February 16, 2013 | Posted by admin

François Hollande

While he was a student at ENA, the future President François Hollande was passionate about the Horn of Africa. He even went so far as to organize a trip to Somalia at the end of 1979.

Among the first Western visitors to land in Mogadishu in December 1979, just after Somalia broke off its ties with the Soviet Union to turn towards the United States, was a group of students from the prestigious French Ecole Nationale d`Administration (ENA) [Read below] gathered around François Hollande. According to the forthcoming book “Roman de la promotion Voltaire” by the journalist Martin Leprince, to be published in Paris on 31 January by Editions Jacob-Duvernet, part of the “bande du Caréna” (a student union they had founded) had created a “Horn of Africa” optional course at ENA which had led to this group trip to Somalia. Quite a few of the people on this trip with Francois Hollande have now risen to import posts, like Jean-Pierre Jouyet (Director General of Caisse des dépôts), Bernard Cottin (former head of the cable operator Numéricable), Jean-Maurice Ripert (European Union delegate to Ankara), Colette Horel (the head of development of the Paris transport authority RATP), Sylvie François (head of HR for La Poste) and Michel Gagneux (inspector general of social affairs).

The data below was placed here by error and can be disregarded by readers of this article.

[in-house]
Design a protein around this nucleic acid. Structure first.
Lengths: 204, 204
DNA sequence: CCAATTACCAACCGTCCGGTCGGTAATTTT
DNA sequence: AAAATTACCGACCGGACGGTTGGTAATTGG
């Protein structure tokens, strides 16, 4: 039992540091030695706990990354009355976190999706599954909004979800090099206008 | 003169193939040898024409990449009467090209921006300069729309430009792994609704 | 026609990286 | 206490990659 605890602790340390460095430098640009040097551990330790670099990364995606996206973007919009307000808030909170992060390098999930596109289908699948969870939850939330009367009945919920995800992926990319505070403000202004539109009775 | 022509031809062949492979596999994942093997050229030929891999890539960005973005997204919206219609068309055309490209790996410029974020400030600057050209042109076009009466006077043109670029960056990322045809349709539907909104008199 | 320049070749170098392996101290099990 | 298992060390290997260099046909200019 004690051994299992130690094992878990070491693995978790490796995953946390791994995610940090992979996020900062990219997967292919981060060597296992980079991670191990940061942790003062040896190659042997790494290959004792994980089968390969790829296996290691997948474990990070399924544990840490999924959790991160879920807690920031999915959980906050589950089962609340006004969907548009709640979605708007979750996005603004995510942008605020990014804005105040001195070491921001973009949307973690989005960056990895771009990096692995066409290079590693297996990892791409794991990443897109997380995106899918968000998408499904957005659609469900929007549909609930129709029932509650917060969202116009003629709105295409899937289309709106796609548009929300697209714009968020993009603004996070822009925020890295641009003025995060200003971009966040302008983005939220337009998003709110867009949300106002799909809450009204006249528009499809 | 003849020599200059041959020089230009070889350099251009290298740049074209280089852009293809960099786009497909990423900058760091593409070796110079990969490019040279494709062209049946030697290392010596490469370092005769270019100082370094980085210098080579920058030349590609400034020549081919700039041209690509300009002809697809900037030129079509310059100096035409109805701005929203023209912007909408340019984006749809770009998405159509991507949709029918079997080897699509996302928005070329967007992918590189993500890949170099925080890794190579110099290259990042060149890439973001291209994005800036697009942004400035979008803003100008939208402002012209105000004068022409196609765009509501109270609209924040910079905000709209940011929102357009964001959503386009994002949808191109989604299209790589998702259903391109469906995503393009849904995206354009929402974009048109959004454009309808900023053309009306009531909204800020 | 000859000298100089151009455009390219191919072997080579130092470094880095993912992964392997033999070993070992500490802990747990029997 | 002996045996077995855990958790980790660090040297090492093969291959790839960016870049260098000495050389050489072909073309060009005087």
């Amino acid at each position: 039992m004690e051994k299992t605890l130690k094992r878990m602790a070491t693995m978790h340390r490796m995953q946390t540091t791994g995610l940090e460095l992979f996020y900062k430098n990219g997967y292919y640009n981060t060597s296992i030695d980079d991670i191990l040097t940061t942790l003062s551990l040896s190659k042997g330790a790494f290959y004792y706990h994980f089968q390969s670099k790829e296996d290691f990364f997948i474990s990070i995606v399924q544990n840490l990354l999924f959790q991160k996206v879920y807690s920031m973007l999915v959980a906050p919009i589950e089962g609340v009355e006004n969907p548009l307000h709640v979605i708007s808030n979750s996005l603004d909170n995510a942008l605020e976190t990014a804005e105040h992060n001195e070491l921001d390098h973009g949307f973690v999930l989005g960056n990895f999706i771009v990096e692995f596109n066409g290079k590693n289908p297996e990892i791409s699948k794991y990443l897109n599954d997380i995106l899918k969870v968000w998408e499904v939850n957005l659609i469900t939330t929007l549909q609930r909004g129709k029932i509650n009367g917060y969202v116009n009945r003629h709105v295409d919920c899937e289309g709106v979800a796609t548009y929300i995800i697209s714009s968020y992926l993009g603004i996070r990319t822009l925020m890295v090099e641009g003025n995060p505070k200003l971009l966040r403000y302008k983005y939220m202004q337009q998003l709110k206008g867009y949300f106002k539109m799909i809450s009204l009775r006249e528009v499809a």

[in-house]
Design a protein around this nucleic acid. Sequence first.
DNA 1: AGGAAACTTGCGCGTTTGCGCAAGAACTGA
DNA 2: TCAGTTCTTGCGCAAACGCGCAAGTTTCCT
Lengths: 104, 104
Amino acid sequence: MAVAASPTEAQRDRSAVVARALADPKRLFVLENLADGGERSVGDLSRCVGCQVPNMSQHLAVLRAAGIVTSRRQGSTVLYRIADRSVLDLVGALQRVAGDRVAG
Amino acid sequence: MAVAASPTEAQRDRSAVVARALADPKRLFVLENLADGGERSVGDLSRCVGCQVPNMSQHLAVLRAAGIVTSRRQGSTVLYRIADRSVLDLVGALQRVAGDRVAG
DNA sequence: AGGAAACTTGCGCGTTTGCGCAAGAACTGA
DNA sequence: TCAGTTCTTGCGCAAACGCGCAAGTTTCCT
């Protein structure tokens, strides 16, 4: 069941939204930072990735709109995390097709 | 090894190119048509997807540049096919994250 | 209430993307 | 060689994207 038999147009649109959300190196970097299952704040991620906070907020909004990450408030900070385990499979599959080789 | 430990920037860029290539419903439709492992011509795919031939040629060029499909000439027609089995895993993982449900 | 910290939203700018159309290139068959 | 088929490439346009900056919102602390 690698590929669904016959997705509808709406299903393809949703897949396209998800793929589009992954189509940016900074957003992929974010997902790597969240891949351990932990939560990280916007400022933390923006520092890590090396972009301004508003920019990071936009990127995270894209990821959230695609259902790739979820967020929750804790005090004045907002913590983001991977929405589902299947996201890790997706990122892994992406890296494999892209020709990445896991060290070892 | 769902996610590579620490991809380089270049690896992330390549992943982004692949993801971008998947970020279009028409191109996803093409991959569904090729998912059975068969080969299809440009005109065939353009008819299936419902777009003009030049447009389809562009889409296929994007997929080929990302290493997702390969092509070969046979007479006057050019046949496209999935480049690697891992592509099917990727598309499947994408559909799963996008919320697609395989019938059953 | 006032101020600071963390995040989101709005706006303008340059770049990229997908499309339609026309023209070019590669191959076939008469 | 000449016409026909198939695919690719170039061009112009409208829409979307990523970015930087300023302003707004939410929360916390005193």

The group had initially wanted to go to Ethiopia, then under the rule of President Mengistu Haile Mariam, but it was unable to do so because westerners were not welcome there. They therefore decided to spend the year-end holidays in Mogadishu, where they were received by several of the dignitaries of President Siad Barre`s regime and also by the diplomats at the French embassy. The Somalian government even attributed them “two bodyguards who did not leave them for a moment throughout their stay”. Martin Leprince ends this episode by pointing out: “The stay was emotionally very painful for many of them. Talking about the third world is one thing, staring it in the face is another”. This dictum still holds true today.

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